RE sources
Climate Change
Legislations
Technologies
Case Studies
Statistics
Databases
Video Gallery
Green Skill Development Programme
TERI Bhuvan

Image Source

Small hydropower, a dependable, renewable and sustainable source of power generation is significantly contributing to solve the looming energy crisis. Yet it remains a resource that has not been tapped to its full potential and of the total installed capacity of India which is 1,99,627 MW, less than 25 per cent is contributed by hydropower.

Small Hydro Power projects are classified in to following categories:

·         Micro-Hydro (up to 100 kW)

·         Mini-Hydro (from 101-2000 kW)

·         Small Hydro (from 2001-25000 kW)

Small Hydro plants have several advantages which are given below:

ü  They need smaller capital investment and have shorter gestation periods.

ü  They have low payback period and minimal transmission losses.

ü  They also offer the benefits of electrification to isolate or remote rural areas with very low densities.

ü  They do not require the construction of large dams/reservoirs and are free from issues like submergence, rehabilitation or deforestation that are associated with large hydro power plants.

The necessity of proper installation, operation and maintenance of SHP plants is being felt globally due to a variety of constraints like the lack of expertise in design; construction or installation of SHP plants; inexperienced equipment manufacturers and suppliers; etc.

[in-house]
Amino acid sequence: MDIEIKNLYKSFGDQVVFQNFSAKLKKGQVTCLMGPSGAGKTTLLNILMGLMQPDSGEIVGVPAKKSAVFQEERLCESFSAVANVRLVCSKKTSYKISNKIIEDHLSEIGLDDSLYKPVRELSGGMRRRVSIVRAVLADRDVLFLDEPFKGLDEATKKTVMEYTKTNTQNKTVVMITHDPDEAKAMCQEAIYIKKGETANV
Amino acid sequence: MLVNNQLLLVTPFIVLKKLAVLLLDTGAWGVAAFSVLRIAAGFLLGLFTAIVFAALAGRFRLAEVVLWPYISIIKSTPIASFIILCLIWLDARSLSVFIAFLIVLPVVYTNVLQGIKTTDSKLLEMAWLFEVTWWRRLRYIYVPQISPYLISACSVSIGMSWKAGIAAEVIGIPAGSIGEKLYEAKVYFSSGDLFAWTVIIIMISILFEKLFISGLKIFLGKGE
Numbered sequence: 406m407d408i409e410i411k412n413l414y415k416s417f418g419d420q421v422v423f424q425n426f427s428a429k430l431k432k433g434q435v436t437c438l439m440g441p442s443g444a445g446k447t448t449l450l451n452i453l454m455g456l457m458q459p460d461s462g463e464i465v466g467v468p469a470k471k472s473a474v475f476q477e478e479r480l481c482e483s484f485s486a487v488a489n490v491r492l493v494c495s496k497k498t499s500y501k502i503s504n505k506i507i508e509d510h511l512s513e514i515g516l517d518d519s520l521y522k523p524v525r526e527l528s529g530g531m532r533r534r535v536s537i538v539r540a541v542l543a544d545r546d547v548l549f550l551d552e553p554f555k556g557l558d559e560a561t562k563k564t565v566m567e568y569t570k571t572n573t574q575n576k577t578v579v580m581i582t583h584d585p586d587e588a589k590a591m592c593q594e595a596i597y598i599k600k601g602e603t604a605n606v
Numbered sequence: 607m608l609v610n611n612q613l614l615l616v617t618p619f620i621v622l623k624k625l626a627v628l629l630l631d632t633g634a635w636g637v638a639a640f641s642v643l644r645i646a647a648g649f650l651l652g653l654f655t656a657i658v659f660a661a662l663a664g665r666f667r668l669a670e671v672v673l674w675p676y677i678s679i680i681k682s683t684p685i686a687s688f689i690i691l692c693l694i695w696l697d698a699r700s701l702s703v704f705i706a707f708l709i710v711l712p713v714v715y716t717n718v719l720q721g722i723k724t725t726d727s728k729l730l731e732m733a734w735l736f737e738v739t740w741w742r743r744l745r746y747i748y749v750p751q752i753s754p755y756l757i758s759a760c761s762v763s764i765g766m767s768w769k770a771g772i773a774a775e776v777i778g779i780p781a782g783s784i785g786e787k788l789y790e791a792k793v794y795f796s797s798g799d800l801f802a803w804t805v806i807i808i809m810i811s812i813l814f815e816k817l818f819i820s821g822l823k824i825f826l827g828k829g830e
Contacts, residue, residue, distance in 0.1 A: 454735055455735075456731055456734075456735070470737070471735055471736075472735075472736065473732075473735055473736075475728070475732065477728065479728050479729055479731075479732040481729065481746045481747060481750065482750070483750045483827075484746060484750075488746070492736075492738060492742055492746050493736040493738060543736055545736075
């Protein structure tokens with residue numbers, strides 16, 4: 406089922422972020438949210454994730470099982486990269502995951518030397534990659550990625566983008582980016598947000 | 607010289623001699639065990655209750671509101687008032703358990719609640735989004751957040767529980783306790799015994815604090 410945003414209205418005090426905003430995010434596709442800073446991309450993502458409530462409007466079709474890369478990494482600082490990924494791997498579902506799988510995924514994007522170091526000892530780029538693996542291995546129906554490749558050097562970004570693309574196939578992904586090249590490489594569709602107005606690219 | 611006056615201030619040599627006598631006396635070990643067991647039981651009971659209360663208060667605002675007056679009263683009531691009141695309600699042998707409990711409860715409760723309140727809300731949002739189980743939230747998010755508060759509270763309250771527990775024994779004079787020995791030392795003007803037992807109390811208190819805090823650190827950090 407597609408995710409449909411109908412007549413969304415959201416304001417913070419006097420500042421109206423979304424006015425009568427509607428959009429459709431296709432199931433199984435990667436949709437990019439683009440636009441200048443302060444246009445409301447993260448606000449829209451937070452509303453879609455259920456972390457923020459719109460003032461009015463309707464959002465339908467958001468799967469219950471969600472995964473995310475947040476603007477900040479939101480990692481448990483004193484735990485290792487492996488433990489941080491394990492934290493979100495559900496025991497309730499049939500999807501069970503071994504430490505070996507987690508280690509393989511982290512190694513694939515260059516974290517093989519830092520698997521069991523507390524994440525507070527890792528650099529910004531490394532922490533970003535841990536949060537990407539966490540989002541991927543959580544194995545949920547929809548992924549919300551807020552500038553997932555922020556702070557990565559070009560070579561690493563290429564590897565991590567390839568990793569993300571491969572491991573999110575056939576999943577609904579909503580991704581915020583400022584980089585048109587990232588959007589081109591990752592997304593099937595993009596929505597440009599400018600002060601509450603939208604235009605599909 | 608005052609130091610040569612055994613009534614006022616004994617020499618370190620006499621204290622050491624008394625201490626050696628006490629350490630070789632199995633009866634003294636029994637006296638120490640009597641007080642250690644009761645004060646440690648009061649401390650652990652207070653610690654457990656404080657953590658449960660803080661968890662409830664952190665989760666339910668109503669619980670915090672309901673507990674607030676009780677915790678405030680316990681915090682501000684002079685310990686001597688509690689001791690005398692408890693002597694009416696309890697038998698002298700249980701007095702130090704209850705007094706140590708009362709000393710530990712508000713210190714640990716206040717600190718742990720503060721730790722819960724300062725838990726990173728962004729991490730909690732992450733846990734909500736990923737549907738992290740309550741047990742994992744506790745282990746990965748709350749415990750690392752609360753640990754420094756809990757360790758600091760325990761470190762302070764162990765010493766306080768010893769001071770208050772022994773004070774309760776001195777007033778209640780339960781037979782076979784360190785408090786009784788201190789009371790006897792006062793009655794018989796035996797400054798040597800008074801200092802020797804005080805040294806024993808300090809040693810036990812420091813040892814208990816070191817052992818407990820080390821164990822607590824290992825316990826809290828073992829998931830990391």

To fulfill the demands i.e. in order to develop the expertise for these aspects, it is imperative that manpower at all the levels be trained through specific training programmes conducted by technical institutes.

·         A real time digital simulator sponsored by the Ministry of New and Renewable Energy (MNRE) has been installed at the Alternate Hydro Energy Centre (AHEC) to import training in the operation and management of SHP stations.

Performance and Testing of the SHPs:-

The MNRE has been laying considerable emphasis in recent years, on the satisfactory performance of new SHP stations, linking them to financial incentives for the developer.

·         The requirements of a satisfactory performance include a good overall performance i.e. the weighted average efficiency of generating units is at least 75 per cent and the station is giving 80 per cent of the projected generation for a minimum of 3 months in continuation.

·         To meet these objectives, the GOI has made the testing and evaluation of SHP stations mandatory, for the purpose of verifying their performance and release of the subsidy.

·         To meet these challenges, and to improve the quality and performance of SHP stations in the country, the MNRE issued a notification (July 2003) linking its subsidy support for SHP projects to their performance.

 


Source: Saini RP. June 2012. Small Hydro Power Development. Akshay Urja, 5(6), P:21-24